He also seeks to completely revamp education in Israel by installing a voucher system, by which anyone can establish a new school and parents may choose to send their children to any school in the country, using those vouchers. The Education Ministry would continue to have a core curriculum, but schools would not be required to follow it.
The economy has a deeper meaning for Feiglin. He waxed poetic, looking out the floor-to-ceiling windows of the sparse meeting room, on the 48th floor of a Tel Aviv skyscraper. The city’s urban scenery was on full display, with the Ayalon Highway and Azrieli Towers in full view.
“This is a sign that God exists,” he said. “To think that a people who came out of Auschwitz could build all this.”
Feiglin later paid tribute to the “Jewish genius,” lamenting that the current education system is keeping it from bursting forth in Israel, as is bureaucracy that keeps Israel 89th in the world in ease of doing business.
“Look how much God has given us. But it’s not going to young couples…Only a huge company with political connections can succeed here. Young people feel like they’re being strangled,” he lamented.
Feiglin, who was born in Israel to Australian parents, also sees a connection between the economy and attracting Jews to move to Israel. Zehut also has a Diaspora representative in 10th place on its list, the US-born former chief rabbi of Uruguay, Ben-Tzion Spitz.
“We think all Jews should move here, and when the economy looks the way we want, they’ll come from Western countries, too,” he posited.
One example he gave is his proposal to have a professional army instead of a mandatory draft, which will remove what Feiglin thought is a major obstacle to immigration to Israel.
The health section of Zehut’s platform would also encourage immigration, Feiglin posited, in that it would open up the system “so that a French doctor who wants to make aliyah will have work with a reasonable salary, because competition creates workplaces. A French doctor who comes here may not find work or won’t be able to support his family with the work he can find, and then he will move to New York or Montreal, where he’ll make a good salary. But then his children won’t remain Jewish.”
“The failure of Zionism is the economy and the concentrated market,” Feiglin said.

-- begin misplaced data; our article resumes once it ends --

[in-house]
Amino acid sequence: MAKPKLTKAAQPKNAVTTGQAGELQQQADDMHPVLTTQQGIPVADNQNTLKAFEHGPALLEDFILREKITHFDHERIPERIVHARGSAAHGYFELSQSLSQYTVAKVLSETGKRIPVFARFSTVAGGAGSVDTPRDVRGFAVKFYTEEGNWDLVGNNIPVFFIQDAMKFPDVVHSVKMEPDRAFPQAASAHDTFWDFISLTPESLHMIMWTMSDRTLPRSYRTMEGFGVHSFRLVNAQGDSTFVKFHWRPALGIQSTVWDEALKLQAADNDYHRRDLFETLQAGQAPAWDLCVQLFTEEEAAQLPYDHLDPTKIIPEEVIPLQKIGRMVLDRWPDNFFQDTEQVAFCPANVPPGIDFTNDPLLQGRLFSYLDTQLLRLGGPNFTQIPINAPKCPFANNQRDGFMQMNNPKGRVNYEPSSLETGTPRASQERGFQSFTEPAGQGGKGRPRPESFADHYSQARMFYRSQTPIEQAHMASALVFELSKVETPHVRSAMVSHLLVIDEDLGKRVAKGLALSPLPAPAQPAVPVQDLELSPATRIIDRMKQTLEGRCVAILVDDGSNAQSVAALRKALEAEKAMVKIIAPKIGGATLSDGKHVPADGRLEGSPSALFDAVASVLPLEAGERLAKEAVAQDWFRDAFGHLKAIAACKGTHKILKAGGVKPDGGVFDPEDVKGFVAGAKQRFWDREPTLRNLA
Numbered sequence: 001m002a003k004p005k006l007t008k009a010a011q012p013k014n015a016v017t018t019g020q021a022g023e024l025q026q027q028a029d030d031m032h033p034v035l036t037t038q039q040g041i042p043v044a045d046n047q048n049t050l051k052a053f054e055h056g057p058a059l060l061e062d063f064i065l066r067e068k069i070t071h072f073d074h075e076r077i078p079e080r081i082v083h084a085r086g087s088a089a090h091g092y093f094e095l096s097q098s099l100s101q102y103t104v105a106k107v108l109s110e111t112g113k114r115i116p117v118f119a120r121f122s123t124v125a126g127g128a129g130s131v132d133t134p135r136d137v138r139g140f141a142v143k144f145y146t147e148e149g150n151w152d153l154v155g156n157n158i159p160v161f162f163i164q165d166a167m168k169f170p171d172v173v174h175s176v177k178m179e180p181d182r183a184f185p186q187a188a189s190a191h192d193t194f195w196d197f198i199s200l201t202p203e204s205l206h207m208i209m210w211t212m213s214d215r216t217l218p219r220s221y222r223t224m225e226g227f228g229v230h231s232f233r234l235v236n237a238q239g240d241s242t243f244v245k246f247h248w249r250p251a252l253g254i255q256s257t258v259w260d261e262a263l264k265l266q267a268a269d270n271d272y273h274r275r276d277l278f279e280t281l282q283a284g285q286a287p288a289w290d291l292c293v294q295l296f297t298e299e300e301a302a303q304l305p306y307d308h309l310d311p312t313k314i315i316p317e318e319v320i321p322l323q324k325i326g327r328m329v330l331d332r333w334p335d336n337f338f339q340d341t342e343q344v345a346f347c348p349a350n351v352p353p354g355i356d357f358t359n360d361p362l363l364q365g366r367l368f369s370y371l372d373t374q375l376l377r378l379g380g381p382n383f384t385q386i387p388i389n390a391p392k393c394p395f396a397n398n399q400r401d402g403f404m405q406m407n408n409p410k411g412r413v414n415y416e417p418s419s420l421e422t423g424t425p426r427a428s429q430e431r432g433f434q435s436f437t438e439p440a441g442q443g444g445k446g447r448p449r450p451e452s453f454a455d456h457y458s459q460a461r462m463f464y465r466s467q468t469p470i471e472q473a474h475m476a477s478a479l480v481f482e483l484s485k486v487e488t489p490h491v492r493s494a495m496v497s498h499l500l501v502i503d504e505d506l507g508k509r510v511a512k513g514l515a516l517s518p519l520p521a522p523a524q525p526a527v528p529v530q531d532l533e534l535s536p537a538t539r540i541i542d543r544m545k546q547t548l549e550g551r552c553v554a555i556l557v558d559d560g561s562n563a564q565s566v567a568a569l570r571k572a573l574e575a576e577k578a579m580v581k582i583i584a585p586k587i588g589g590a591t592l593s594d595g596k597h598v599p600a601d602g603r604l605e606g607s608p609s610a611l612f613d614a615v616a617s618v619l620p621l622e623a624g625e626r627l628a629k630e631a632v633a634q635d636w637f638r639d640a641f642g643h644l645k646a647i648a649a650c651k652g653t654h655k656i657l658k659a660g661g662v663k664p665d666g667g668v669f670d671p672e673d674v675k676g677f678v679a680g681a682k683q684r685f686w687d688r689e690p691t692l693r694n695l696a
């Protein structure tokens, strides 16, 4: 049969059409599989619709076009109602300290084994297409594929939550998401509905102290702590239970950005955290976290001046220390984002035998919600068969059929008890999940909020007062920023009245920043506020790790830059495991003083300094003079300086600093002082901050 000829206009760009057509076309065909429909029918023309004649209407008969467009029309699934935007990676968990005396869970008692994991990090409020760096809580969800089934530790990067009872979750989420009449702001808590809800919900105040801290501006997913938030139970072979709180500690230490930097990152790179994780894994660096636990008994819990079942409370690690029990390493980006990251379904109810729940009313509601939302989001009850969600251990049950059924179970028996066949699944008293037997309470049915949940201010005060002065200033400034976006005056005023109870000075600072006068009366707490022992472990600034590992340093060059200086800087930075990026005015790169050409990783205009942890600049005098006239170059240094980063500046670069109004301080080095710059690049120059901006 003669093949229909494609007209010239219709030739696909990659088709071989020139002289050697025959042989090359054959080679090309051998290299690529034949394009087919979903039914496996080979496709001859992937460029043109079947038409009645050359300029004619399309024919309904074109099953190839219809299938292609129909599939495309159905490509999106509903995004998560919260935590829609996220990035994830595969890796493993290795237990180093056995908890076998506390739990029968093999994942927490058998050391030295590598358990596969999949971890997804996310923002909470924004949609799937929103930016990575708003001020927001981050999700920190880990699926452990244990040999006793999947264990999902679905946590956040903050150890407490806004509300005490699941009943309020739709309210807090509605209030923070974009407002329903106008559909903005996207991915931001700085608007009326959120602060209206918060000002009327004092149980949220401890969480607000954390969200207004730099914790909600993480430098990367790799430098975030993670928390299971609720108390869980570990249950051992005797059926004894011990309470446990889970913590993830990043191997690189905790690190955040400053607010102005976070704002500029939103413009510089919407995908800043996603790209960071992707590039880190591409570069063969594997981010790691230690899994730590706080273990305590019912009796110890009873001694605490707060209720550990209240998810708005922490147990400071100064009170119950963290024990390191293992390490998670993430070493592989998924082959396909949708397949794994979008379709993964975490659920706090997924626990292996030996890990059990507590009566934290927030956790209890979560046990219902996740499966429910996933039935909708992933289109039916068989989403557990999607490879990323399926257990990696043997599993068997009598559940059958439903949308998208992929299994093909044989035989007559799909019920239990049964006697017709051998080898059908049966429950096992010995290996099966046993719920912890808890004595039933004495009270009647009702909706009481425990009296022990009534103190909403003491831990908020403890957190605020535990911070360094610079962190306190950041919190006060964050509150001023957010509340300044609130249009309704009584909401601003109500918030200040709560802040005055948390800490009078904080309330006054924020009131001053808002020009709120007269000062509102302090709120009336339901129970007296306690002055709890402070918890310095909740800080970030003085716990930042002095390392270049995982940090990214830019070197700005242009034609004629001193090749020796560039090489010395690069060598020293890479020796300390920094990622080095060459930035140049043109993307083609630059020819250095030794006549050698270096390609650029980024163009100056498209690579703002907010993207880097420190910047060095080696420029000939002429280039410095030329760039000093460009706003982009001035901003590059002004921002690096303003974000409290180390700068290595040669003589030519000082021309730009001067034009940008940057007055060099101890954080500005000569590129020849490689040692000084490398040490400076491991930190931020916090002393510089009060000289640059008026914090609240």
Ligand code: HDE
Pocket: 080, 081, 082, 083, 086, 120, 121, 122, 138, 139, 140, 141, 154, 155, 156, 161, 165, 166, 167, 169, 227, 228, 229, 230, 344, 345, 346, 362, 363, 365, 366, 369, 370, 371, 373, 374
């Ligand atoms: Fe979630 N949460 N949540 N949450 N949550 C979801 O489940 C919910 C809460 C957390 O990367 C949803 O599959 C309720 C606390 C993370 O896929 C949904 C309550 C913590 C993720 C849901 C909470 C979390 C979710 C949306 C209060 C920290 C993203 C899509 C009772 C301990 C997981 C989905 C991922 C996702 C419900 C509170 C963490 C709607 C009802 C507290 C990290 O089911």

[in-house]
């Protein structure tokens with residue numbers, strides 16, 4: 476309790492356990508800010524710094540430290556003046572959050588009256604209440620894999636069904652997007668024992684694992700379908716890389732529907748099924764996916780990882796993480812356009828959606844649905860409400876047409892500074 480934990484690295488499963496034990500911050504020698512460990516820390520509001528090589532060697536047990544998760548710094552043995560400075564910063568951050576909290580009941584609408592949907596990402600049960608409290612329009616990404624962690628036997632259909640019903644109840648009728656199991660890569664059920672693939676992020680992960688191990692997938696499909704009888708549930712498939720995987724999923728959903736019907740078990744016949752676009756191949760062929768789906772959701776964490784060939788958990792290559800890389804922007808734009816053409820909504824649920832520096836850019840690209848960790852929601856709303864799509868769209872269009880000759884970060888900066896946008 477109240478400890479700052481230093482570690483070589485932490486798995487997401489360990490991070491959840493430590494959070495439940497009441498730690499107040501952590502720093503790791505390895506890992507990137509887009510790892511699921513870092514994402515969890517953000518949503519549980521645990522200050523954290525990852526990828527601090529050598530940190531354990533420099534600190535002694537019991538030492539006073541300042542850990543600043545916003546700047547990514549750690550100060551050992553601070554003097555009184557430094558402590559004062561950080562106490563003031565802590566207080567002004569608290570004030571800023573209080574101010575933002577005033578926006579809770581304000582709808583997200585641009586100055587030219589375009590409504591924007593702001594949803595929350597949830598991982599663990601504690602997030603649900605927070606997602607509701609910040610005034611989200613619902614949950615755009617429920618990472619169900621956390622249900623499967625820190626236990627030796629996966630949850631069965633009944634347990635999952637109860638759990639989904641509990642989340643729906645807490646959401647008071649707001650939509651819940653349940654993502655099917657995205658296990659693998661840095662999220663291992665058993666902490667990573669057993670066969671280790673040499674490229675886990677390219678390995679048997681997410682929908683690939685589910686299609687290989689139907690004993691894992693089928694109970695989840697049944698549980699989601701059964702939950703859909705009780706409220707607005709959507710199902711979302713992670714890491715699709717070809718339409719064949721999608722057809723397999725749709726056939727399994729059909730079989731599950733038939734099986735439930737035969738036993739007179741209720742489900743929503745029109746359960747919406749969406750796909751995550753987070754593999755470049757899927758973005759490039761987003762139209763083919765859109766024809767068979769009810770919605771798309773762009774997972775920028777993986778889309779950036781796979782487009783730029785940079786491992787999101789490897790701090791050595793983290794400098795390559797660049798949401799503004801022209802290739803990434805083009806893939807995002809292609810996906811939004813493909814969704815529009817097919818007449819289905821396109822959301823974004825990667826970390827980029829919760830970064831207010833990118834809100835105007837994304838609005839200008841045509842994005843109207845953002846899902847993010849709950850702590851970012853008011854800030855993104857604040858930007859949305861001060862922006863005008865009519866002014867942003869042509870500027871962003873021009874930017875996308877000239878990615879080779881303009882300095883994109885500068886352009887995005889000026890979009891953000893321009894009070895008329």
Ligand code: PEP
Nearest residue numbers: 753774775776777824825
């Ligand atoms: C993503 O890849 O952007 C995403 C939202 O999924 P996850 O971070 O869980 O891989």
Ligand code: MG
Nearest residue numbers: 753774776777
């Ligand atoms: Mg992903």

Apropos health, Feiglin did not seem particularly enthusiastic about the skepticism primaries candidate Shlomo Gordon showed about vaccination, which has made ripples on social media.
“It’s not the stance of the party,” he clarified. “The public has to decide.”
Zehut’s platform does not mention the matter, but Feiglin said the state should not be forcing parents to have their children inoculated, despite the proven public health benefits of widespread vaccination and the current measles outbreak being a result of growing vaccine skepticism.
“It could be that [school vouchers] will solve the problem, because the percentage of those who don’t vaccinate is small and they can start their own school,” he suggested.
Despite Feiglin’s emphasis on economics, the Palestinian issue still looms heavy. Feiglin said he doesn’t prioritize diplomatic and security issues over others, that it will be the last chapter in the soon-to-be-released book version of Zehut’s platform, Israel: Operating Instructions, and that he will join a coalition led by whomever agrees to promote a greater number of Zehut’s positions, regardless of which positions they are. The coalition can be Right or Left, because he thinks they’re all the same, anyway.
But asked if he would stay in a coalition that negotiated with the Palestinians, Feiglin’s immediate answer was no.
“But I would also quit a right-wing government that did what this one did, like destroying Amona,” he said of the outpost in the West Bank demolished in 2017.
Feiglin said that if his party makes it into the Knesset, it can be a kingmaker that “has the potential to break the equation,” because it is not Right or Left. But his old right-wing habits, like Land of Israel purism, are clearly hard to break.